The concept of ‘flow' was developed by Mihaly Csikszentmihalyi . But the experience of ‘flow’ is nothing new. It’s existed since man first breathed. And we’ve all experienced it- that perfect moment of lostness and simple, pure existence. When the rest of the world ceases to exist. When our bodies and minds meld together. Just ‘being’.
Of course in theoretical terms, it’s a whole lot more complex than that, but as a basic description this will more than suffice for our purposes today.
Now, for many systems thinkers including Maslow in the hierarchy of needs, and Martin Seligman in positive psychology (and a good few more), the achievement of flow is central to human growth, self actualisation, and thus part of the route to perfect true happiness.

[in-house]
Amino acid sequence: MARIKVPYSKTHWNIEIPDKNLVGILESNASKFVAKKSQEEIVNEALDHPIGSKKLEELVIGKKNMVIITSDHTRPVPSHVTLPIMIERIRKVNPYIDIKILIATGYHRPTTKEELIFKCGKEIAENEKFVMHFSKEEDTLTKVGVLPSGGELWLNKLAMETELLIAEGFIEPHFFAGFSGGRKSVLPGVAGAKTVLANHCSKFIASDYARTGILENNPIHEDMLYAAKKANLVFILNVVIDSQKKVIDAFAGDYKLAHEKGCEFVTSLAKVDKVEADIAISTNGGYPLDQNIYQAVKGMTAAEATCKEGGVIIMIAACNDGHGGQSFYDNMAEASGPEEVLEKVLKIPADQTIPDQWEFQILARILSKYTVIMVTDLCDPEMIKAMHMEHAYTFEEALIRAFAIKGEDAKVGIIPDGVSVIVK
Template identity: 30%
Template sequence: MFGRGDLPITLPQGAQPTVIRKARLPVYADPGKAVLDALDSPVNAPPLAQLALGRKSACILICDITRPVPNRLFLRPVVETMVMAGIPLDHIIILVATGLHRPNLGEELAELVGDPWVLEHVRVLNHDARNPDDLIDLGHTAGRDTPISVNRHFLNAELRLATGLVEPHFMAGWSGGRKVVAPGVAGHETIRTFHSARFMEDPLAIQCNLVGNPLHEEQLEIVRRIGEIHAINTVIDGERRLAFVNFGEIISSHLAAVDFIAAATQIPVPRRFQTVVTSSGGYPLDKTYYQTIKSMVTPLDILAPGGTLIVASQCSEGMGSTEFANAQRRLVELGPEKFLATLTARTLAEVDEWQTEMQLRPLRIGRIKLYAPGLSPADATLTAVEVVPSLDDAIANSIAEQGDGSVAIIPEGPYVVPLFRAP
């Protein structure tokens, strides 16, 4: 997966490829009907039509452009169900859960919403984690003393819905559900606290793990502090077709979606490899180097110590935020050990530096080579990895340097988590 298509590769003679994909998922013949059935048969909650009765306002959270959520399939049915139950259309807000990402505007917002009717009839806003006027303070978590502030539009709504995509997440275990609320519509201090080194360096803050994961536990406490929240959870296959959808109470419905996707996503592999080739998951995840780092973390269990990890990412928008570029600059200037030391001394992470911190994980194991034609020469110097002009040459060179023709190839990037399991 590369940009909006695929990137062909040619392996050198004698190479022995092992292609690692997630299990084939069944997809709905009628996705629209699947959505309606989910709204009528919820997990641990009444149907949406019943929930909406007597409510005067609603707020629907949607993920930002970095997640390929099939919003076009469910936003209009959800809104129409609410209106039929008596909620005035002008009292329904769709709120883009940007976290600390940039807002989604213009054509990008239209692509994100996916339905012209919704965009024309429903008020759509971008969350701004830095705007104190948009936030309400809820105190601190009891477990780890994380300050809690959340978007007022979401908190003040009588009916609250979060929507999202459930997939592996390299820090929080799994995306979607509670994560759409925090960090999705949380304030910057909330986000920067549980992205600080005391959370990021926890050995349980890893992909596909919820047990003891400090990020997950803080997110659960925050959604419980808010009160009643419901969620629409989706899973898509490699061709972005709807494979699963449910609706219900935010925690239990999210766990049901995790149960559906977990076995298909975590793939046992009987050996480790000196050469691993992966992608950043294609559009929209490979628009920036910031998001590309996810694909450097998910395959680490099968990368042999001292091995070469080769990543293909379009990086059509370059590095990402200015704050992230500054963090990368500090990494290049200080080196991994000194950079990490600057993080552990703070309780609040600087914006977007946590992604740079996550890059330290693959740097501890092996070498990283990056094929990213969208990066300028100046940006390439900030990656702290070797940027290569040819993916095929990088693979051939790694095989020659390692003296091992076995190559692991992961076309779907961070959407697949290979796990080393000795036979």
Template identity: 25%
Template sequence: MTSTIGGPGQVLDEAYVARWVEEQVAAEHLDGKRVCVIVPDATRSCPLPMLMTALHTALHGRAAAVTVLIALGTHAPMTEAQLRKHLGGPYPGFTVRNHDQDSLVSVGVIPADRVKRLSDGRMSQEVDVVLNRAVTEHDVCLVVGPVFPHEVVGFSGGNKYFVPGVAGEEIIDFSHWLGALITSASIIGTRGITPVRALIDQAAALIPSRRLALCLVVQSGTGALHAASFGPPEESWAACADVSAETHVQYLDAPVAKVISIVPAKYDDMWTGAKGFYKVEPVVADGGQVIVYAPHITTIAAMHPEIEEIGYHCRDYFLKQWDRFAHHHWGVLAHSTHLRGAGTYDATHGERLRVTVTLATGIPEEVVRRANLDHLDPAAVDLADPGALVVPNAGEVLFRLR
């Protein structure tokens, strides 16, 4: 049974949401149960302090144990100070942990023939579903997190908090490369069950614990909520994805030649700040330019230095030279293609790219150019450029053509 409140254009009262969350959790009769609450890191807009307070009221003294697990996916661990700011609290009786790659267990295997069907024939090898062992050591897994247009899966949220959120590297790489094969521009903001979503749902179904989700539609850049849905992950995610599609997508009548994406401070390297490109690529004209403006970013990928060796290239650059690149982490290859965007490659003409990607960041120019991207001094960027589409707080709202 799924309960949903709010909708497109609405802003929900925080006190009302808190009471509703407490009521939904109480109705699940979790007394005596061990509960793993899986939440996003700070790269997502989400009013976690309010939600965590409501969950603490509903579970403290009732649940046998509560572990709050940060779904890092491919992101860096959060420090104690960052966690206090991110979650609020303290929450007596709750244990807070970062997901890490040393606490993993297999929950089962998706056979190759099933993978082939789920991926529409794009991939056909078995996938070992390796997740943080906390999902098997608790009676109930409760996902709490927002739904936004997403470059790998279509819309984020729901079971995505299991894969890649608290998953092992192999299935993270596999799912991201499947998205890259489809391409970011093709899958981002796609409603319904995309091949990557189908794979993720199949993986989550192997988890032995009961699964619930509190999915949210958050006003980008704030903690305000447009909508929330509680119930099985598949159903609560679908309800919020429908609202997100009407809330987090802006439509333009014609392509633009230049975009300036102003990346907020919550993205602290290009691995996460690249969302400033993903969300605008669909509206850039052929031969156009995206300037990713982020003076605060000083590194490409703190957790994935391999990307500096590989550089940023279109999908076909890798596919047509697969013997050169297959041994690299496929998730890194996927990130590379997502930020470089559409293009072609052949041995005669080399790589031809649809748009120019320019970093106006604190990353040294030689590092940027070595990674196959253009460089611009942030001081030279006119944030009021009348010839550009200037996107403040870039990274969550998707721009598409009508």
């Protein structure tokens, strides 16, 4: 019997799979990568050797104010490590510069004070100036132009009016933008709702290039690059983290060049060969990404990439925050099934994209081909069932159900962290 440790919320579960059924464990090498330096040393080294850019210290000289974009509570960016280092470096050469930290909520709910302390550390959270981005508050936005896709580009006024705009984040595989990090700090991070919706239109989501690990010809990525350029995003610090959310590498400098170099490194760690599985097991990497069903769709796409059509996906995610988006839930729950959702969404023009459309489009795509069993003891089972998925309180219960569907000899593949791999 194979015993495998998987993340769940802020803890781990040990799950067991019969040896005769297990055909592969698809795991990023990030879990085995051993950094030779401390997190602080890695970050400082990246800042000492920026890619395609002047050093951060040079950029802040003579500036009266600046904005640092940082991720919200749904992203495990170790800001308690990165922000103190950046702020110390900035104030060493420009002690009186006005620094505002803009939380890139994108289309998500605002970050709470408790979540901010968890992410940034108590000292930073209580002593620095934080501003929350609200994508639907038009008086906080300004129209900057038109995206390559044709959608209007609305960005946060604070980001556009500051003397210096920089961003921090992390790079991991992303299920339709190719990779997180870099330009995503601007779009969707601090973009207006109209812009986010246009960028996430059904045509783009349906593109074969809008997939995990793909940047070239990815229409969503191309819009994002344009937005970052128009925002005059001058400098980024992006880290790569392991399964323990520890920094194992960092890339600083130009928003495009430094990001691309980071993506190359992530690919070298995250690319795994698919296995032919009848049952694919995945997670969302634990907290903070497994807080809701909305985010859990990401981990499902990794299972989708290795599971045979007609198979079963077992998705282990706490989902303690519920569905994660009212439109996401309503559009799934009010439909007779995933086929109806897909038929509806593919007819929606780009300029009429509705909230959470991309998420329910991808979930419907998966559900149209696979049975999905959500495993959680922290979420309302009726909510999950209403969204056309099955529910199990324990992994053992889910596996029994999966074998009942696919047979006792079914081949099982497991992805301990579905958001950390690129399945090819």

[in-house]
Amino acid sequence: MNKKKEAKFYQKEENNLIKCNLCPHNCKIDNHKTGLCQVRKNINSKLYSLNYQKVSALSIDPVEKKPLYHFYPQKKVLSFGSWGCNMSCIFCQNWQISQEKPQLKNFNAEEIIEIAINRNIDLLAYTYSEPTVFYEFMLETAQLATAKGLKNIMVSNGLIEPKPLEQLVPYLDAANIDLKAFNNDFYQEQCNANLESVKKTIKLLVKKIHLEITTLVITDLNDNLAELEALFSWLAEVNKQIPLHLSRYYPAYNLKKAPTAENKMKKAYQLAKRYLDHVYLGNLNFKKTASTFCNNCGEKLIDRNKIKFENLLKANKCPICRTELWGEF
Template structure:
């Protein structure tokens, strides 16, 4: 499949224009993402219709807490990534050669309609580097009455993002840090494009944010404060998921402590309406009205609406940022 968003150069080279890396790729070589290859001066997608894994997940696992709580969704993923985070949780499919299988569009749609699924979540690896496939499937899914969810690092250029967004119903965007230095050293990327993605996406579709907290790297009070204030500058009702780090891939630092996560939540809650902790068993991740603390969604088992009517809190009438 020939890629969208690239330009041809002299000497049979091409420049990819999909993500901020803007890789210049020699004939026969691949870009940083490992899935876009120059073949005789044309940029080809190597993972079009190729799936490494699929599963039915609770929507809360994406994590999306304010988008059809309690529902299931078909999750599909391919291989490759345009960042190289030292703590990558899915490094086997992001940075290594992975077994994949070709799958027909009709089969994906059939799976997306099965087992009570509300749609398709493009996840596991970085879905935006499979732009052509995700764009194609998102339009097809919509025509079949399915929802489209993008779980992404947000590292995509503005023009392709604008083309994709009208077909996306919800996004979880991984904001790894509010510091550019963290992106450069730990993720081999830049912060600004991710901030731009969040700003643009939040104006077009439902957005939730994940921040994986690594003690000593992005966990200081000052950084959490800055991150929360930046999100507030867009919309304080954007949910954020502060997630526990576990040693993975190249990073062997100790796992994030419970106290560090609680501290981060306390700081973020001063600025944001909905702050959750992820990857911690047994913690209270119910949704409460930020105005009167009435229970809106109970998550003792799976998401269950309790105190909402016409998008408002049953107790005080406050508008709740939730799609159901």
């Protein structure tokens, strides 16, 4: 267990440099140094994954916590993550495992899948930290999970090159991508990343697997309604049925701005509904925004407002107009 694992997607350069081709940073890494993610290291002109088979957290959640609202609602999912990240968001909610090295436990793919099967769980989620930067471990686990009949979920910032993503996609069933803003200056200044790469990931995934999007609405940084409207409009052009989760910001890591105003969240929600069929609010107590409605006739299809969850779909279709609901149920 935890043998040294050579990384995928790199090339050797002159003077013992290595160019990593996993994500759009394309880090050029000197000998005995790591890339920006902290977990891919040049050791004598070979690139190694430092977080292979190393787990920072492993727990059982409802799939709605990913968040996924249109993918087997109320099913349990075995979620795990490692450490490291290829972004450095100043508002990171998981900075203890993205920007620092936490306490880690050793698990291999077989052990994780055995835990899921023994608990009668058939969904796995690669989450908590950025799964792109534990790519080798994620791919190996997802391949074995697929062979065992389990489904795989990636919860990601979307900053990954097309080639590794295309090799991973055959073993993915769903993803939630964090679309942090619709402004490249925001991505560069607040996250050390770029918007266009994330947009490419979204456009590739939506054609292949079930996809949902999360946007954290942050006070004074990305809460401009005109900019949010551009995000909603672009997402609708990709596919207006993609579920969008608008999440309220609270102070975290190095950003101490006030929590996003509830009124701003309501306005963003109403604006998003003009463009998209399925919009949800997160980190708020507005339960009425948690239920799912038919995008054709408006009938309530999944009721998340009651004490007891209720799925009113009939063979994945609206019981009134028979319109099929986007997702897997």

But is it really as simple as that, can finding flow change our lives?
It’s an elusive perfection. One I yearn for. I’ve found it at times in the pool, an hour lost to an unknown number of lengths. I’ve felt it in my footsteps across the moor. In writing, fingers just typing away. In moments of pure instantaneous connectivity of my thoughts to my body. And the more I experience it the more I want it.
My question is:
Does it really make a difference to our humanity? How can we find it?